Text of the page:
• • A body mass index (BMI) of more than 25 has an increased risk to develop breast cancer with higher death rate. Small waist and waist-hip ratio (WHR) give a significant protection against breast cancer in pre-menopausal women.
    • • Alcohol (especially beer) consumed more than 10 g/day especially among postmenopausal women is a risk factor for developing invasive breast cancer.
    • • Moderate to vigorous exercise of more than seven hours in a week of physical activity was inversely related to breast cancer.

Prompt treatment can save life

Surgery is the mainstay of treatment for early breast cancer. However, women with breast cancer are often concerned with not only how successful their condition can be treated, but also how their breast will appear after surgery. Depending on the disease’s nature and progression, breast cancer patients may have two approaches to surgical treatment. A traditional mastectomy involves the removal of the whole breast, while breast conservation surgery involves excision of the cancerous lump and the immediate surrounding tissues, preserving the rest of the breast. The patient then has to follow up with radiotherapy to ensure that all the cancerous cells are destroyed.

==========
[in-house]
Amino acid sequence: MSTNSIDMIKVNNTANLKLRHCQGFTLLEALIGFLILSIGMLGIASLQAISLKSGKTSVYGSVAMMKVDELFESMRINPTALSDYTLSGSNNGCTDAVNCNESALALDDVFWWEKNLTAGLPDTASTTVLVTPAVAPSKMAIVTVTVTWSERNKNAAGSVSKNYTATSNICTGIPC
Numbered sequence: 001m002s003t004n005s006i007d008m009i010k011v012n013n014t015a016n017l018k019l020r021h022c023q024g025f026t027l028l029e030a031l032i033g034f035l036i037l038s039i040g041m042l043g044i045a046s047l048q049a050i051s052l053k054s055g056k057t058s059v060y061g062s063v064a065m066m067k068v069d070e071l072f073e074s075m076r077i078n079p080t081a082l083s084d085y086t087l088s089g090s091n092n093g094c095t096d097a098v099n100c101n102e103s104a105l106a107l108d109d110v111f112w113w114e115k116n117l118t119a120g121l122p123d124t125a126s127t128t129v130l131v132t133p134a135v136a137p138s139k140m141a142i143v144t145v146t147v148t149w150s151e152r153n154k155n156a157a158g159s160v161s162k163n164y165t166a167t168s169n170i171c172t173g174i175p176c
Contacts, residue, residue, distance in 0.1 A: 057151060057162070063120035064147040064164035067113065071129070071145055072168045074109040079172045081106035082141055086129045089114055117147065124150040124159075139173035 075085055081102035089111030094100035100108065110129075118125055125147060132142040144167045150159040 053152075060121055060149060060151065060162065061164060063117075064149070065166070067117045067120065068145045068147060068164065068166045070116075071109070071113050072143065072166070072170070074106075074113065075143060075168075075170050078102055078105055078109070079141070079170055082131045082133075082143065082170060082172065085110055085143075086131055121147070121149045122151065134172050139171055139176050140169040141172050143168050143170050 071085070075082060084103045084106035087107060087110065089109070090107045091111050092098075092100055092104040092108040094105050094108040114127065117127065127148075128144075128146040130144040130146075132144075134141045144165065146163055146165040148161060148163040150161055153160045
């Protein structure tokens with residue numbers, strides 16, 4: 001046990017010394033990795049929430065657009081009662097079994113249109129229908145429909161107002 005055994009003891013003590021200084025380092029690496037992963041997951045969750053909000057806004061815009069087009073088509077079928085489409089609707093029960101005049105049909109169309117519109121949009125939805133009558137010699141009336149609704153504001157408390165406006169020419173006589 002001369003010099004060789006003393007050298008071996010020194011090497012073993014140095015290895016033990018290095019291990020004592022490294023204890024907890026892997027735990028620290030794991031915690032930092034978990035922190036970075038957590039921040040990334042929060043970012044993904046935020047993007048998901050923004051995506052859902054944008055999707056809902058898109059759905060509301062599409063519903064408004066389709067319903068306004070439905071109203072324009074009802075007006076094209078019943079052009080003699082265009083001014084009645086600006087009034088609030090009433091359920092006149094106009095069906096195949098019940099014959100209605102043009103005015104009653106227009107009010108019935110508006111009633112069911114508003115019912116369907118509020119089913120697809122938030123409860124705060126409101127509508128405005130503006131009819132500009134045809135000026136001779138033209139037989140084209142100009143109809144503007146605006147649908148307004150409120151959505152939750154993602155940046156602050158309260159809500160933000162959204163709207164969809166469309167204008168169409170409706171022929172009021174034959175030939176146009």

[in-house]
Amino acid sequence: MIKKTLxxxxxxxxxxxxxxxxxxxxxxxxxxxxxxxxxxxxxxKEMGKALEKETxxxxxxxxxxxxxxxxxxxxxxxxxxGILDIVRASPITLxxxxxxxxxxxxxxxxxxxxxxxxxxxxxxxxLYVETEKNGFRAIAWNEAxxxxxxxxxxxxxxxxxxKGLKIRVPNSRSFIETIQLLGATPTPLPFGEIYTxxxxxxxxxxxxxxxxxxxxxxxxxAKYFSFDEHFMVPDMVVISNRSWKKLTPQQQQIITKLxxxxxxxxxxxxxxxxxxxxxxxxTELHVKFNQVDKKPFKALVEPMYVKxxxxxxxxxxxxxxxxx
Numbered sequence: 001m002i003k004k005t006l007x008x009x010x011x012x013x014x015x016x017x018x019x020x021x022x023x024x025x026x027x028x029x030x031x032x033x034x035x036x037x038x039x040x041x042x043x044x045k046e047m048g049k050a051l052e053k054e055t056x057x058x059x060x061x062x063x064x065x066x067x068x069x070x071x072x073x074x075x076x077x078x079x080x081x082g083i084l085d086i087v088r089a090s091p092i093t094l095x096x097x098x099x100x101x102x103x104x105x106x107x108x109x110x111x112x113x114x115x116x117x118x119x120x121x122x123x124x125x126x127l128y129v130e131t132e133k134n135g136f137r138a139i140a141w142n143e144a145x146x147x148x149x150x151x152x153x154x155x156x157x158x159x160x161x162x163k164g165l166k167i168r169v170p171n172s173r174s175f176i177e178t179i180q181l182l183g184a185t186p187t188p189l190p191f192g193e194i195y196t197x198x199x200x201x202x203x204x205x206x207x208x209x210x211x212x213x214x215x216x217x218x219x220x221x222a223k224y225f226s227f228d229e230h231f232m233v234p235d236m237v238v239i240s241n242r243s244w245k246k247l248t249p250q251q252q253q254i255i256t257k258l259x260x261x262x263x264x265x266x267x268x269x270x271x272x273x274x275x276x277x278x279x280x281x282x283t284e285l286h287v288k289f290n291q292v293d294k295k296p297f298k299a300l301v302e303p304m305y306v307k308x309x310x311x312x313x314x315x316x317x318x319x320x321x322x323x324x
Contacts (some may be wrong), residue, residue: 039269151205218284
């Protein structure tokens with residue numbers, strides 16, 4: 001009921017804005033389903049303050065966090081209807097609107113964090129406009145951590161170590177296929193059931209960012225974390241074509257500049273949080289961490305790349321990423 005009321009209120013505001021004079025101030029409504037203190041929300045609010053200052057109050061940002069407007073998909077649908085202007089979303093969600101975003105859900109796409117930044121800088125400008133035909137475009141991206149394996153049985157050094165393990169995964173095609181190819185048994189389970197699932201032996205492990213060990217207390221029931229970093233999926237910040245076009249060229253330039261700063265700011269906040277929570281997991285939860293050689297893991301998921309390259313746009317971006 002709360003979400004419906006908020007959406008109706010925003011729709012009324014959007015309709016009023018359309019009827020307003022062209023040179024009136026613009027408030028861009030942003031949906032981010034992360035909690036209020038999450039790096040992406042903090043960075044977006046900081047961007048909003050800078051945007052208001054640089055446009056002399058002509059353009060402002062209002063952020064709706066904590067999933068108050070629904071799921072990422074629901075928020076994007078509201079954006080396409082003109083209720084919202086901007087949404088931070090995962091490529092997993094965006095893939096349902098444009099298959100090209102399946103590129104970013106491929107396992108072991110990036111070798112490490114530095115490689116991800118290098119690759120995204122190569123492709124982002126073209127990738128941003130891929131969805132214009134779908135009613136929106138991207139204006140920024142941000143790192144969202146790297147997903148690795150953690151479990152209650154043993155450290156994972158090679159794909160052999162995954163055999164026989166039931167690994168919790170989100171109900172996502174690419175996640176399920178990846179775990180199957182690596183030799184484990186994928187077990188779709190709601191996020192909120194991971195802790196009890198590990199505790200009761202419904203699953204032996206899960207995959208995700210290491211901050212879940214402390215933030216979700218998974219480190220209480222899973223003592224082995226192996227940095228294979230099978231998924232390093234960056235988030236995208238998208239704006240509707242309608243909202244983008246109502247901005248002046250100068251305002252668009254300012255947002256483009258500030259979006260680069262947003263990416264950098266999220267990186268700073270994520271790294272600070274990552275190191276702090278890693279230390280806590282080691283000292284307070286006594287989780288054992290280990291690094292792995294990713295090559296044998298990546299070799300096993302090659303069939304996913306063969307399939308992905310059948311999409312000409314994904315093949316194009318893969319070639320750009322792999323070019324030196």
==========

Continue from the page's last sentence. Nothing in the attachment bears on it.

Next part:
Conservation is not only cosmetically pleasing and retains the body’s balance, it is also beneficial to the patient’s psychological, emotional and sexual health. Nowadays, breast surgeons tend to do more conserving surgery as much as possible, especially as there are modern techniques available to enable it. These Oncoplastic technique are a combination of cancer surgery and plastic surgery, where the remaining breast tissue is sculptured and to realign the nipple and areolar with the aim to restore a natural appearance to the breast shape. The opposite breast can also be modified to breast symmetry.

Breast Cancer – What you need to know

If breast conservation is out of the question, such as when the cancer has spread too widely, then a mastectomy will be performed. The patient then has a choice of whether or not to reconstruct the breast. There are three main way in which the breast can be reconstructed mainly using a silicon implant alone, swinging in tissue from the back or tummy with its blood supply attached.